I don’t have any new answers. I’ll keep writing to MP’s, protesting, amplifying marginalised voices, putting my money where my mouth is. It’s a struggle to feel hopeful at the moment. So, I’m going add to taking care of myself to that list. I don’t know what that care looks like yet, but I’m working on it. I urge you to take whatever time you can & give yourself a little TLC too.

Illustration of horse, boy,Fox & mole from Charlie Mackesy
Charlie Mackesy

Red Alert…

The discourse around Sarah Everard’s disappearance has been horribly familiar. The tired victim blaming about where she shouldn’t have walked. The same sinking feeling as the days go by. Duplicate faux shock from men when we recount what life is like for women. The self-same chorus of ‘not all men’. Year after year. Case after case. Victim after victim. It is always the same. None of this is new or surprising. It’s just horribly sad & terribly frightening.

Women aren’t under any illusions about the world we inhabit. We know that we aren’t safe. We’re scared when we walk home alone from the train station. We calculate the threat of each interaction with a man we don’t know. Fashion make shift weapons from handbag contents. The rules are ingrained; no headphones at night, carry your keys, shout fire instead of rape, call me when you’re home! We have been absorbing the message that we are in danger since childhood.

There is no poor decision making. We are simply living our lives. Avoiding all risk isn’t possible. No matter what complex precautions we take, we are exposed. If the journey from my bus stop to my house is along dark, quiet streets then I have no option but to regularly walk alone on dark quiet streets. We don’t have personal escorts, we can’t control who will sit next to us on the train, taking taxis can be cost prohibitive & most cab drivers are men anyway.

Dark,  foggy residential street

We know that ‘not all men’ are dangerous, but we don’t know which ones are. From childhood girls are bombarded with harassment. It never stops. Teachers & drs & bus drivers & our friend’s dad & policemen & strangers on the street & priests & guys in bars & colleagues & friends & lovers. Lots of women aren’t even safe in their own homes. We all have stories of close calls and false alarms. Most is can tell you about the encounters we couldn’t escape too. It is not a revelation that most guys aren’t going to murder us. Knowing that doesn’t change our real fear because often it’s the one you trust who will. The worst case scenario is a reality and we’re reminded of that every single time a man stands too close or lingers too long. We are adding up where this is headed when a creep makes a crude comment or gets aggressive when told no. Here’s the thing that not many men will admit, you know it too. You all know men that you wouldn’t want alone with your sister/daughter/girlfriend. You see those scary men shouting at us on the street and grabbing us in bars. Every time you tell a woman you care about that you’ll see her home or to her car it’s because you are fully cognisant if the threat. The more insidious of you get a kick out knowing you can frighten us without losing plausible deniability. Not all, but definitely enough.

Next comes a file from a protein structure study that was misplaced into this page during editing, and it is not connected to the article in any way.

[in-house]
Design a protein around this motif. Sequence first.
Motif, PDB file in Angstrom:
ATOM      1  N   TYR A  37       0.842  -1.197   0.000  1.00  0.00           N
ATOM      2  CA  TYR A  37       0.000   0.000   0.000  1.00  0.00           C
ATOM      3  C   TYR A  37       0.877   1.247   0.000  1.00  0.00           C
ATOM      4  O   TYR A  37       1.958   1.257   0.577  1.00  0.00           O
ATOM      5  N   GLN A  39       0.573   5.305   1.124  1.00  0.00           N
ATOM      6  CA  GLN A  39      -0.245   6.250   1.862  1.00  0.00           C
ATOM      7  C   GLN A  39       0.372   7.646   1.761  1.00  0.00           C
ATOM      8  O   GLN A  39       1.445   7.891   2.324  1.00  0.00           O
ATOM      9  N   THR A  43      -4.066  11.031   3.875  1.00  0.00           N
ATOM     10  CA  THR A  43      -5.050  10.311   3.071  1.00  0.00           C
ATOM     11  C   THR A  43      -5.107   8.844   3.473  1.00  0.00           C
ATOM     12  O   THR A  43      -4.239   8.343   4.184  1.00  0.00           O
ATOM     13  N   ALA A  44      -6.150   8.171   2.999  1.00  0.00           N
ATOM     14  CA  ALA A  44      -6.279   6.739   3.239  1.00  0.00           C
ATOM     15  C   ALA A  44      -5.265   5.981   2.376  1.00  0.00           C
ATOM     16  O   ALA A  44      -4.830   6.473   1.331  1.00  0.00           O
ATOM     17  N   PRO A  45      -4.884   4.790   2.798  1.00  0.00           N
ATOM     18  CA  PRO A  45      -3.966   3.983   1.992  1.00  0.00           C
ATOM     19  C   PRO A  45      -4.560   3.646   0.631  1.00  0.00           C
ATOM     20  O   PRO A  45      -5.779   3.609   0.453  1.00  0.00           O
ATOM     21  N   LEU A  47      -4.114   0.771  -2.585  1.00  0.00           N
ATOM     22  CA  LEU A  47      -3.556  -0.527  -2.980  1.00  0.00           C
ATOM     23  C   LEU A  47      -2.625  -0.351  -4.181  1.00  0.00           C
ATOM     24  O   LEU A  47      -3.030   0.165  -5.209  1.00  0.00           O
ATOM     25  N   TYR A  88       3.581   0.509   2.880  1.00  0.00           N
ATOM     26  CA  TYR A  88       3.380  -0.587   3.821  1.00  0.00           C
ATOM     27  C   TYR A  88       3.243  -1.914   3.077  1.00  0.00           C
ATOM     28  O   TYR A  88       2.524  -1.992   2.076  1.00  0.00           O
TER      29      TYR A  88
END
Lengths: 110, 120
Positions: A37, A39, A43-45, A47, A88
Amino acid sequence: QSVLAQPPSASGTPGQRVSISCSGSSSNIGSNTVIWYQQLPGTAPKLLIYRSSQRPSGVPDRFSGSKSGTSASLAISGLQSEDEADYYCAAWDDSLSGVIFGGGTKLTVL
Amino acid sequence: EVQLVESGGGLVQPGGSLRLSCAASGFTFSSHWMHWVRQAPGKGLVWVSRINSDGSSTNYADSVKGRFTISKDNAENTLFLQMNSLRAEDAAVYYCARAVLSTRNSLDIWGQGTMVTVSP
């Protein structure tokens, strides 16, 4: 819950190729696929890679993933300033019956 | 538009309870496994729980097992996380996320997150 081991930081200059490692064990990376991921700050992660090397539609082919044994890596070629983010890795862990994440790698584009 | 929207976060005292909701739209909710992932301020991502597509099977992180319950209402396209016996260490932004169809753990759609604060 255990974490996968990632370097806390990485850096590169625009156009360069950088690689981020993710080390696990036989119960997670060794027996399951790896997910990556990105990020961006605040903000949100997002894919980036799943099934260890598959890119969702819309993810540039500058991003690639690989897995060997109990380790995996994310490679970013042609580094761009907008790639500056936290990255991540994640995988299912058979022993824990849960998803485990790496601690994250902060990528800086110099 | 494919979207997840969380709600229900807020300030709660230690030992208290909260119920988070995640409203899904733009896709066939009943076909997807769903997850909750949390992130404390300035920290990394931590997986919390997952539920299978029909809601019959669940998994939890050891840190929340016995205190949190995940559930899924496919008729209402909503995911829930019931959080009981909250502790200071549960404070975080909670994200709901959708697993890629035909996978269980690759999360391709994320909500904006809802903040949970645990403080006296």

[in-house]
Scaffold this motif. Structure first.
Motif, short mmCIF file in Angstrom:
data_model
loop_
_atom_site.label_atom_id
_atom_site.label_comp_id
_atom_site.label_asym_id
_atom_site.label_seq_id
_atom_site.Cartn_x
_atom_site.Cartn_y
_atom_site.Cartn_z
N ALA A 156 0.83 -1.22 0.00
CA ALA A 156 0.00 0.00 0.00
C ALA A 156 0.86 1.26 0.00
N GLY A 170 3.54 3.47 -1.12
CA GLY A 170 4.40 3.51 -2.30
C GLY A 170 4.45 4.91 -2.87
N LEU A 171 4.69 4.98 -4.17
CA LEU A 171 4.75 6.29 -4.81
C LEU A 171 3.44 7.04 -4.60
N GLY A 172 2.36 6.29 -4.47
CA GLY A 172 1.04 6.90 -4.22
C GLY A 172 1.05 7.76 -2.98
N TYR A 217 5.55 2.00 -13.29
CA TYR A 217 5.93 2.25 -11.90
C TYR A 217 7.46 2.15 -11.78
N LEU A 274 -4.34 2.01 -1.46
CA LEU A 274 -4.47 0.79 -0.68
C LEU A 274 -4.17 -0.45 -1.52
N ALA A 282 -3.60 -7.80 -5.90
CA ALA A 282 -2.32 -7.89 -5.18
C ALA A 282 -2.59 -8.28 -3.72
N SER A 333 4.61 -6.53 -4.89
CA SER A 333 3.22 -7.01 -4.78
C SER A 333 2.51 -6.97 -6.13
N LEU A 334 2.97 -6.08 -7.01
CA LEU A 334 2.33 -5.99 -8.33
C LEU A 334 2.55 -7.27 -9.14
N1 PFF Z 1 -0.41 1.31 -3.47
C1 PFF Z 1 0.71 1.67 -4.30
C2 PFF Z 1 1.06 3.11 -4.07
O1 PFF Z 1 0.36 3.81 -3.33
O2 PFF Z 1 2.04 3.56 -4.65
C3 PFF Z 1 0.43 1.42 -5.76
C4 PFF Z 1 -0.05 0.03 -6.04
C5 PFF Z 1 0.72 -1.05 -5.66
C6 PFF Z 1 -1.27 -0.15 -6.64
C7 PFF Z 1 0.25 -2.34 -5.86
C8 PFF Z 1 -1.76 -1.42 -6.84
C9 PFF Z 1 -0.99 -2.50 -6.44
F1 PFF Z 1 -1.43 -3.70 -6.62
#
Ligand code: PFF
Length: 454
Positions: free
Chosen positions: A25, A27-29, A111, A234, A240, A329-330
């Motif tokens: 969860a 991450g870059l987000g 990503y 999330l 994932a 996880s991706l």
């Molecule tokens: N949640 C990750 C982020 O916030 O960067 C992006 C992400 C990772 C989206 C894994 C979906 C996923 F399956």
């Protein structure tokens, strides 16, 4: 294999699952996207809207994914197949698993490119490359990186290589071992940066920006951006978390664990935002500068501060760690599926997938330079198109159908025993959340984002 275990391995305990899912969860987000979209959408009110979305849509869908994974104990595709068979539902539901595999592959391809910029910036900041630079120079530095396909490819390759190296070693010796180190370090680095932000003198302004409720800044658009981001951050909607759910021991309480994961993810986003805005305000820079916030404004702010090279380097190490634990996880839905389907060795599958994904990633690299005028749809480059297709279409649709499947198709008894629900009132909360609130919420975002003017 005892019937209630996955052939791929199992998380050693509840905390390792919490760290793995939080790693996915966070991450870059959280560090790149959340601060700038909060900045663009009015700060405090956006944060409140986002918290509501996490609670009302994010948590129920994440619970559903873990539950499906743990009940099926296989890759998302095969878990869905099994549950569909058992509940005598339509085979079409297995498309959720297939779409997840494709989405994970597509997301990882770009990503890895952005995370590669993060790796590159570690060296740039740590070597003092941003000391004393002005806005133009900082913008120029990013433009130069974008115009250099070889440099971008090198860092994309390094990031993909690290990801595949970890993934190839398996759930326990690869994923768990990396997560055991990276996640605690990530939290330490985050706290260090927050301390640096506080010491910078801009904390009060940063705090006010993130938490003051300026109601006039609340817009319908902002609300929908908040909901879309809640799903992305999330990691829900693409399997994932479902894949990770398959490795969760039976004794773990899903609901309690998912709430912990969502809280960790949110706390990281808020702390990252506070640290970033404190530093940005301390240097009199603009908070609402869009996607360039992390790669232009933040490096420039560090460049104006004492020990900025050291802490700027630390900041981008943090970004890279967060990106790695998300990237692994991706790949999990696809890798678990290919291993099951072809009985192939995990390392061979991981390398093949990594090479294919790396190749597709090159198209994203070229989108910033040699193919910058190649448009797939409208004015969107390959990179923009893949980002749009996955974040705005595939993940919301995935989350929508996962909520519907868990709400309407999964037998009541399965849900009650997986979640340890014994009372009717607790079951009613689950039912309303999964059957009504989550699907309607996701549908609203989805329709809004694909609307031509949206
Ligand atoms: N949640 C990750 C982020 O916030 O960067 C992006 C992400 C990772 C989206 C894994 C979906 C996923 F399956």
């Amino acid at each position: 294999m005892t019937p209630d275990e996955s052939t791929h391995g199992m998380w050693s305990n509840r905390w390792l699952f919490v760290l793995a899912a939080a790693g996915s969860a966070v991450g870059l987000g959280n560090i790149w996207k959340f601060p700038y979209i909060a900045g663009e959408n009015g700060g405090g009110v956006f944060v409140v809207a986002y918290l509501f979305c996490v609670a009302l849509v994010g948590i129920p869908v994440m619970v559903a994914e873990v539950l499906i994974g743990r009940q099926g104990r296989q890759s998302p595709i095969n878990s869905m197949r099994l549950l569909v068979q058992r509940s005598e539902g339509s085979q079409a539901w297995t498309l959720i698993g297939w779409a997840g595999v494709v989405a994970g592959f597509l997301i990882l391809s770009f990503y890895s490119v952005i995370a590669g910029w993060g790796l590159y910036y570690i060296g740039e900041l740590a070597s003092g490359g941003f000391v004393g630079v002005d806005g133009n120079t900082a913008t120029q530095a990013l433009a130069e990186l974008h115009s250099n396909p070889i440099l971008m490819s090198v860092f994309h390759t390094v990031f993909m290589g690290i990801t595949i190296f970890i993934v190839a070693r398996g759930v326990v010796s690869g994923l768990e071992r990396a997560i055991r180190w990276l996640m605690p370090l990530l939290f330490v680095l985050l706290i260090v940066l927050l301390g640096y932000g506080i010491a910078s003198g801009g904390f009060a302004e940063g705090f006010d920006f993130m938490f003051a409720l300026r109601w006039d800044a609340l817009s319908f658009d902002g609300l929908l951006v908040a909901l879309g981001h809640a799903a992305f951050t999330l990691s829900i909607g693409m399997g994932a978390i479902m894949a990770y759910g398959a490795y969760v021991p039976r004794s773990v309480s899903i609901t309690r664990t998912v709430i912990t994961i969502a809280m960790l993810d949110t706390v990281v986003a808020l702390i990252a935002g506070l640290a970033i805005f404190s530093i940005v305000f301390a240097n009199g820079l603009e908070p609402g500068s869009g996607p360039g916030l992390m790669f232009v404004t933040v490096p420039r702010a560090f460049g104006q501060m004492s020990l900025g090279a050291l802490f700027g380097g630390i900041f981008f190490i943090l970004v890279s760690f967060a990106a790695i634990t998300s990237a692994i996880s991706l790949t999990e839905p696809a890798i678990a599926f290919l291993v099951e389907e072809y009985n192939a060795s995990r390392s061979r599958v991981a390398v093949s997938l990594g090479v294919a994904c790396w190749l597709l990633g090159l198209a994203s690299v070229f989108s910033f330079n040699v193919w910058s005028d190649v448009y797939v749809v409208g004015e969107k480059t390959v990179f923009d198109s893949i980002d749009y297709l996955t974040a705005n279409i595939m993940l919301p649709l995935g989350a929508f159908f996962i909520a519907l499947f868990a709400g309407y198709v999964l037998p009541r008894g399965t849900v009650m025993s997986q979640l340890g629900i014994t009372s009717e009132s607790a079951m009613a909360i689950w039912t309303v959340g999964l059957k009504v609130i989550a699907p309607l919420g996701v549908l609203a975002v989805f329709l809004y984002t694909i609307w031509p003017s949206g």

I read a story recently about a guy who got a big cash in hand payment & had to take public transport home with the money. He was on high alert for the whole journey. Everyone looked suspicious. He second guessed his every move. When he relayed how stressful the journey was to his wife, she replied ‘ now you know how I feel everyday’. The solution to this problem isn’t changing female behaviour. Our awareness is at code red. Let’s tackle the predators not prey.

Instead of rushing to shout ‘not me’ men need to listen. They must examine their own complicity & learn what would actually help others feel safer. Challenge your gross friend. Know when your voice is helpful and when it is silencing. Let’s begin to have real conversations about getting more women into key positions. Our criminal justice systems approach to violence against women still needs an overhaul. Perhaps most importantly we all need to think about how we raise our children. The cycle must be broken. Too many women have already been lost.

Stone wall with protect your daughters scored out & educate your sons

Not to blame…

As this pandemic continues to wreak havoc there is an increasing need for a scapegoat. Predictably, fat people have become a convenient target. Navigating this strange new world is hard enough without all the finger pointing.

Magnified image of covid virus

If you’re feeling hounded, I get it. I’m fiercely fat positive & always prepared to fly the body liberation flag. Even I am finding the constant barrage of fat phobia exhausting. With our feckless PM giving credence to a BMI/Covid link and the tabloids eating it up it is understandable that we feel attacked. When the government makes weight stigma policy it absolutely feeds the trolls.